Bush's Health Care Rx: A Diluted Dose Of Market Forces

Everyone knows that markets don't work in health care. Insured patients, health care experts say, have no incentive to shop for the best deal, while doctors have no reason to become low-cost producers. Democrats want the very visible hand of government to regulate the system. But President Bush has a Republican faith in the market's wisdom. So the health care reform proposal that he is set to unveil in his State of the Union speech will rely on market incentives to cut costs and expand coverage.

The President's choice draws an ideological line for what is likely to be the biggest domestic policy debate of the 1990s. While the Bush plan is still taking shape--details aren't expected until at least mid-February--sources say the Administration will rely on a package of reforms rather than the wholesale overhaul being pushed by Democrats.

The jigsaw-puzzle proposal could leave Bush at a political disadvantage. The Democrats' alternatives--forcing employers to provide coverage or setting up a national health care system--offer good sound bites. By contrast, the public may have trouble seeing how the Bush scheme's multiple elements work together. "It's so easy to be a liberal," sighs an Administration official. "Our plan is much more difficult to understand."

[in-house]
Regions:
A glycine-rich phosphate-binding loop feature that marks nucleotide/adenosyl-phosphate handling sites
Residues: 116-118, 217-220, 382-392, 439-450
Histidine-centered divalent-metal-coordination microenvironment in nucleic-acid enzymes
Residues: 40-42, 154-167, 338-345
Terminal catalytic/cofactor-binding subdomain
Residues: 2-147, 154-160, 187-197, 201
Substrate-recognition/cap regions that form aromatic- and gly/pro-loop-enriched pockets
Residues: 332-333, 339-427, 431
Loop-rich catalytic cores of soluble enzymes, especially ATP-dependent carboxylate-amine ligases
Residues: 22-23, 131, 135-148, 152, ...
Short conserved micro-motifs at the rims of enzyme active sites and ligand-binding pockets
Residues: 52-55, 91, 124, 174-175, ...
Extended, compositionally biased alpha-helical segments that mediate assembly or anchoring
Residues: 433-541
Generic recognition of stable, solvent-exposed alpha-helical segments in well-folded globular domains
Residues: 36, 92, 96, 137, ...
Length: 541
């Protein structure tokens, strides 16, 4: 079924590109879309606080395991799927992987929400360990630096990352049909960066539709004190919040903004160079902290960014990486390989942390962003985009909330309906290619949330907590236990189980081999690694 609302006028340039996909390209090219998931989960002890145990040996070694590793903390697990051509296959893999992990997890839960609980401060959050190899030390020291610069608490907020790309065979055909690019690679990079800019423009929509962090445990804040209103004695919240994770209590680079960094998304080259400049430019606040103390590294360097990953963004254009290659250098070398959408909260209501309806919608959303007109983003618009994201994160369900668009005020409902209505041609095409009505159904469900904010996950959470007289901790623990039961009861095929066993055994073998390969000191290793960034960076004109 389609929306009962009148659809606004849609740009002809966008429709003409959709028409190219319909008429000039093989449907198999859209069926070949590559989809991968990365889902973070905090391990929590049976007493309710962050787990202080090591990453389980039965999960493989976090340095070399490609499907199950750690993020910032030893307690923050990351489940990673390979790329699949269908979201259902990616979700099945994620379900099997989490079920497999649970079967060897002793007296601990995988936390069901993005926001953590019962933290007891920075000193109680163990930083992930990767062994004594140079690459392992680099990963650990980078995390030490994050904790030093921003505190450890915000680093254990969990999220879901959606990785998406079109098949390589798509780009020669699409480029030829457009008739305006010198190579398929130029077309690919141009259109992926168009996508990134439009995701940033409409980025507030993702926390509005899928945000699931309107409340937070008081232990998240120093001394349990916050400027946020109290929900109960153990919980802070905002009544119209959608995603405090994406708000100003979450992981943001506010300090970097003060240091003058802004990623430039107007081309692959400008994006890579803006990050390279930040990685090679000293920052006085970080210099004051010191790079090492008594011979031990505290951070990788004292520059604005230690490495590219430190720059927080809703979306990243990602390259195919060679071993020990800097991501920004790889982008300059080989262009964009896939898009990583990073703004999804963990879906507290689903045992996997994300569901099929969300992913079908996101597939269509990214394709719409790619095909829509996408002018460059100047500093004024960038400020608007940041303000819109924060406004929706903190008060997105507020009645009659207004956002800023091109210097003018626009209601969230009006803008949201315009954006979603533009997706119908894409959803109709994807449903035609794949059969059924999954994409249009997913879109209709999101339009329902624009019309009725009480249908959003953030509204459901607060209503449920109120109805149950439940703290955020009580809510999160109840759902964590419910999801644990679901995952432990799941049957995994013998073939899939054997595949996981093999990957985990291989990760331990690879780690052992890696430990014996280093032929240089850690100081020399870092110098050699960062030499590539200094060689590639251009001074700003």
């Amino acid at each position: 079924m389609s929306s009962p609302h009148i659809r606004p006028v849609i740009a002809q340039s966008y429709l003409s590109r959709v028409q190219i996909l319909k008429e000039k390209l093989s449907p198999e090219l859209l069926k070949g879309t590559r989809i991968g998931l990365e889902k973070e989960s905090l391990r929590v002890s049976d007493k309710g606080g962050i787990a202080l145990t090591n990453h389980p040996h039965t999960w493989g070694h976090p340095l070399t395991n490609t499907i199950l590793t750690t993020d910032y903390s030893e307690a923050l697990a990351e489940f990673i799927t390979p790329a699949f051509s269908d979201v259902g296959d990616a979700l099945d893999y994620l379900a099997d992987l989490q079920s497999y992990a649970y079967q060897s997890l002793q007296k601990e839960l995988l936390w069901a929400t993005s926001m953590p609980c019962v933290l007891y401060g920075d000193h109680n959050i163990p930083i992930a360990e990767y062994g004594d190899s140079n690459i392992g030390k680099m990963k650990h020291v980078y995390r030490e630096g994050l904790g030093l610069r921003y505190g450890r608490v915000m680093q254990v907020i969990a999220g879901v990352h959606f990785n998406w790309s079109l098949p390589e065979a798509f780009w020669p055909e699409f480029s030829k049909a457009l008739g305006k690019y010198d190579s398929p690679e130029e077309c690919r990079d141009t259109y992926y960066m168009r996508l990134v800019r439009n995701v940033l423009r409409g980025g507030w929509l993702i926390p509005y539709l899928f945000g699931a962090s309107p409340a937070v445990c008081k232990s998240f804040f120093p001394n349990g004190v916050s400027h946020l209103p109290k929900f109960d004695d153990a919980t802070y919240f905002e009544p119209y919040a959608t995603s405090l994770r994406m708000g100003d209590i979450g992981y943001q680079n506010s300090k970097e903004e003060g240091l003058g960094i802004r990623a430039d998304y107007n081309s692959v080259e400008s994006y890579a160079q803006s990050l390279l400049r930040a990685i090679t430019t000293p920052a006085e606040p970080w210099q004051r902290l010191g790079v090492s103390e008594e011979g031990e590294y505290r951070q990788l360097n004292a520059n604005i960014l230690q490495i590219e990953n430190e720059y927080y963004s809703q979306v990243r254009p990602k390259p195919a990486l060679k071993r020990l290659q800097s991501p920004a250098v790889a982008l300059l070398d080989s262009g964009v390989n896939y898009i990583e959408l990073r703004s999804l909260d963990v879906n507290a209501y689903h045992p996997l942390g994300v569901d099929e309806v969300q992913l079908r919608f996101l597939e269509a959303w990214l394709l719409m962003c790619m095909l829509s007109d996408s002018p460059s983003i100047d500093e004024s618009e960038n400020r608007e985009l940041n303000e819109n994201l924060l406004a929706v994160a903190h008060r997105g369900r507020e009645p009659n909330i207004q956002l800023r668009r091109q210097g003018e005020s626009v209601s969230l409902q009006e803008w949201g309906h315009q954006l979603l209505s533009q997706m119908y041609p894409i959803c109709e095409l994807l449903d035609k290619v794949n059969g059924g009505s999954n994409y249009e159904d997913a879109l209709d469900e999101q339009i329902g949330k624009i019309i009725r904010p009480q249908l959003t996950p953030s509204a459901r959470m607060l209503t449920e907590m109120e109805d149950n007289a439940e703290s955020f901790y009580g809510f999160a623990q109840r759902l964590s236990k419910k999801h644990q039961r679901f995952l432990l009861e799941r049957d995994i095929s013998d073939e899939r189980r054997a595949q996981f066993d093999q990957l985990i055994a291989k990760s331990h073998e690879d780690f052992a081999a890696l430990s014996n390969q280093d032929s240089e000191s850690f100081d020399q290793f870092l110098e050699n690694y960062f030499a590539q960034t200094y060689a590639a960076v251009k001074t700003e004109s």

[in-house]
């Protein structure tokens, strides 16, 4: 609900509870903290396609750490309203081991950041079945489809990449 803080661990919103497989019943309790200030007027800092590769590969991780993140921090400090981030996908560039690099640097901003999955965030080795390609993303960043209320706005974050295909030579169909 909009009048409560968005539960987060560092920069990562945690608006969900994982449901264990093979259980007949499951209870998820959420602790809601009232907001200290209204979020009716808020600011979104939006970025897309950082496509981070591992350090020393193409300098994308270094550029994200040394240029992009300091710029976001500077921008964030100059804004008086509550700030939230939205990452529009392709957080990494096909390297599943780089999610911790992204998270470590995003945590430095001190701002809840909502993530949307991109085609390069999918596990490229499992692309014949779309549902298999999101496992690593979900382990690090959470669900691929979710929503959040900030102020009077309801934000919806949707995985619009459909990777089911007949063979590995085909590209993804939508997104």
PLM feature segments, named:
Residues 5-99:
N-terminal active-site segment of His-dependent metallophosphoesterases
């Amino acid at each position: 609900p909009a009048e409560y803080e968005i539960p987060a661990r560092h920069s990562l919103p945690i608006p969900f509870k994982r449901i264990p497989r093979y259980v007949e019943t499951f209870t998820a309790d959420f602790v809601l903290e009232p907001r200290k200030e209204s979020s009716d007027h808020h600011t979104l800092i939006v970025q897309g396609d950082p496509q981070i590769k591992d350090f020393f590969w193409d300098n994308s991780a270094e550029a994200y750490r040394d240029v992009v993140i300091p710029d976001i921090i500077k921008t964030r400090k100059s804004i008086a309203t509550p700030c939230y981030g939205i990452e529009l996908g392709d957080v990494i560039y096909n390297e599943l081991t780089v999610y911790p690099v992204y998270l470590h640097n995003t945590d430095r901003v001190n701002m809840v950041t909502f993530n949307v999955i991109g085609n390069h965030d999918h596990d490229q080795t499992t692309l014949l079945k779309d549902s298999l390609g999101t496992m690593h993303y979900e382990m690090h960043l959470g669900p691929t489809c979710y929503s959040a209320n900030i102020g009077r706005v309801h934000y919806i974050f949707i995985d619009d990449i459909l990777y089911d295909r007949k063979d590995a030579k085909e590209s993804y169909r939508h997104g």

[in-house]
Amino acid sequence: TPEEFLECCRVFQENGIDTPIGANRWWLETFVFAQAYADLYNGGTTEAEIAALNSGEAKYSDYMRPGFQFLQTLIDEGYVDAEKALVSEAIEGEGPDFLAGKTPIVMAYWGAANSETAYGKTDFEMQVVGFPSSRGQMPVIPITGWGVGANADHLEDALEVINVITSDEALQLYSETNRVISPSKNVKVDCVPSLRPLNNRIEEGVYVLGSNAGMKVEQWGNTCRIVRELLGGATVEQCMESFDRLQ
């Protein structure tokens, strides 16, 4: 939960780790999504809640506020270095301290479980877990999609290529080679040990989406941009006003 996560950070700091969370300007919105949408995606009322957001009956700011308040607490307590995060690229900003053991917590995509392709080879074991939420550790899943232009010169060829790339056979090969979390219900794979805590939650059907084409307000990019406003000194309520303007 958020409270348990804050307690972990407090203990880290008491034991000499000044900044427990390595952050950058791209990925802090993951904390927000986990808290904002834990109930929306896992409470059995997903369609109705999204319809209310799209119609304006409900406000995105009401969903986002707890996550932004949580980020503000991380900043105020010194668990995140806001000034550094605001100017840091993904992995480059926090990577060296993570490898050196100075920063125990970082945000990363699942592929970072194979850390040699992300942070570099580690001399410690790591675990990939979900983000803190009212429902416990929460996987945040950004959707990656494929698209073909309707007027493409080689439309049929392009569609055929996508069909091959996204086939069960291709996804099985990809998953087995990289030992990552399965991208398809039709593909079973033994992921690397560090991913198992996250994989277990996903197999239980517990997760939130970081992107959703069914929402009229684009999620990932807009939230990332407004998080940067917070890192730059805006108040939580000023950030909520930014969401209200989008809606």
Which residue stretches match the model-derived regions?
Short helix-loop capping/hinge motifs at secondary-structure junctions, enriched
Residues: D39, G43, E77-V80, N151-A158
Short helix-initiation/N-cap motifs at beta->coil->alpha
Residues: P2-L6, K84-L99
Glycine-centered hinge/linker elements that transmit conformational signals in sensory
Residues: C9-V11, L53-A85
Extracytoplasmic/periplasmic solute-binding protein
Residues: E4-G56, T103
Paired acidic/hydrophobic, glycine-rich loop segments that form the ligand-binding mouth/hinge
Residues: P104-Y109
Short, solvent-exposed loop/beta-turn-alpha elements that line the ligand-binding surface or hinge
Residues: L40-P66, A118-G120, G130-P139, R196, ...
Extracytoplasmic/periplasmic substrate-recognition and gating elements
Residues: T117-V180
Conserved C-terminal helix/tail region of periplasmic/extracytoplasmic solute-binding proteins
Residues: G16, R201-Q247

PURIST APPROACH. The Administration got a late start on its proposal. Until recently, top White House officials had hoped to avoid any detailed plan until after the election. But the opposition is scoring on the issue, most recently with a series of public forums on health care hosted by congressional Democrats. And Senate Democrats on Jan. 22 added to the pressure on Bush by sending a bill to the floor that would mandate the way business pays for health care. Now, says Richard J. Davidson, president of the American Hospital Assn., "the heat is on. The White House has recognized it has to provide some leadership."

Bush's search for market-oriented reform began with a proposal pushed by the conservative Heritage Foundation that would require everyone to buy insurance. It would provide tax credits to individuals whose medical bills are high relative to their income, while phasing out tax breaks to employees with company-sponsored benefits. The idea: inject cost-consciousness into health care by forcing consumers to comparison-shop.

But the Administration rejected this purist approach as "too radical a shift," says Health & Human Services Secretary Louis W. Sullivan. The White House settled instead for a small step in Heritage's direction by providing some health care credits for low-income households and reducing tax breaks for the wealthy (table).